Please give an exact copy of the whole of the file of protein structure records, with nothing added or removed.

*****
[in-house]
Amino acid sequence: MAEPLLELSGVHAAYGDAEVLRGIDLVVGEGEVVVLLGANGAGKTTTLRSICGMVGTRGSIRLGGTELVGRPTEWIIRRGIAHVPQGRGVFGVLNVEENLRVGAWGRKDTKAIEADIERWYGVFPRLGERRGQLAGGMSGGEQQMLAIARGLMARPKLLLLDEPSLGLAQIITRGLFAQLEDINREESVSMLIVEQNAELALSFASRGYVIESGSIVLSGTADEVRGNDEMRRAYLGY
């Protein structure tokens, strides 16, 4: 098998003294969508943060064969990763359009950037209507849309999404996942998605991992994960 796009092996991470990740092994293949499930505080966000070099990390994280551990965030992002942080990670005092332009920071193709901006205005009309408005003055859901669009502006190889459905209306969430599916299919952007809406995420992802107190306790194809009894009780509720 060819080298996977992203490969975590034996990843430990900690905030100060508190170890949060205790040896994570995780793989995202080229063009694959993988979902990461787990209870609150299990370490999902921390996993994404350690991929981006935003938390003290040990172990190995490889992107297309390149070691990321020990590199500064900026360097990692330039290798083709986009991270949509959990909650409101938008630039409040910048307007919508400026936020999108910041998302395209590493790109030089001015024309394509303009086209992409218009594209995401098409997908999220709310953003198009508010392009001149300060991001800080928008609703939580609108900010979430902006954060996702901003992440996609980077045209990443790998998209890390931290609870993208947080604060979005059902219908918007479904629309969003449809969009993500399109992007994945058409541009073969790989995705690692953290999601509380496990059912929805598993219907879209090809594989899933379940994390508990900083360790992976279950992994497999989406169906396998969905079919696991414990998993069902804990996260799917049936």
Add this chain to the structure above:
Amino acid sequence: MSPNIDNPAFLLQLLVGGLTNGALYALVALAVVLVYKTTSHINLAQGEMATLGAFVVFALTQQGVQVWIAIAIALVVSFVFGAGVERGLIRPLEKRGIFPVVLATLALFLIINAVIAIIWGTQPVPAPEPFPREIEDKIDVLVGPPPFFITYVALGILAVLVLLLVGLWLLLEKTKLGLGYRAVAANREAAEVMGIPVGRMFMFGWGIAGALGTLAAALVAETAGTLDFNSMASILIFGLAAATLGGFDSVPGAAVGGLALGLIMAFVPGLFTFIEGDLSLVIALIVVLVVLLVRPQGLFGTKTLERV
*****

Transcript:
[in-house]
Amino acid sequence: MAEPLLELSGVHAAYGDAEVLRGIDLVVGEGEVVVLLGANGAGKTTTLRSICGMVGTRGSIRLGGTELVGRPTEWIIRRGIAHVPQGRGVFGVLNVEENLRVGAWGRKDTKAIEADIERWYGVFPRLGERRGQLAGGMSGGEQQMLAIARGLMARPKLLLLDEPSLGLAQIITRGLFAQLEDINREESVSMLIVEQNAELALSFASRGYVIESGSIVLSGTADEVRGNDEMRRAYLGY
């Protein structure tokens, strides 16, 4: 098998003294969508943060064969990763359009950037209507849309999404996942998605991992994960 796009092996991470990740092994293949499930505080966000070099990390994280551990965030992002942080990670005092332009920071193709901006205005009309408005003055859901669009502006190889459905209306969430599916299919952007809406995420992802107190306790194809009894009780509720 060819080298996977992203490969975590034996990843430990900690905030100060508190170890949060205790040896994570995780793989995202080229063009694959993988979902990461787990209870609150299990370490999902921390996993994404350690991929981006935003938390003290040990172990190995490889992107297309390149070691990321020990590199500064900026360097990692330039290798083709986009991270949509959990909650409101938008630039409040910048307007919508400026936020999108910041998302395209590493790109030089001015024309394509303009086209992409218009594209995401098409997908999220709310953003198009508010392009001149300060991001800080928008609703939580609108900010979430902006954060996702901003992440996609980077045209990443790998998209890390931290609870993208947080604060979005059902219908918007479904629309969003449809969009993500399109992007994945058409541009073969790989995705690692953290999601509380496990059912929805598993219907879209090809594989899933379940994390508990900083360790992976279950992994497999989406169906396998969905079919696991414990998993069902804990996260799917049936």
Add this chain to the structure above:
Amino acid sequence: MSPNIDNPAFLLQLLVGGLTNGALYALVALAVVLVYKTTSHINLAQGEMATLGAFVVFALTQQGVQVWIAIAIALVVSFVFGAGVERGLIRPLEKRGIFPVVLATLALFLIINAVIAIIWGTQPVPAPEPFPREIEDKIDVLVGPPPFFITYVALGILAVLVLLLVGLWLLLEKTKLGLGYRAVAANREAAEVMGIPVGRMFMFGWGIAGALGTLAAALVAETAGTLDFNSMASILIFGLAAATLGGFDSVPGAAVGGLALGLIMAFVPGLFTFIEGDLSLVIALIVVLVVLLVRPQGLFGTKTLERV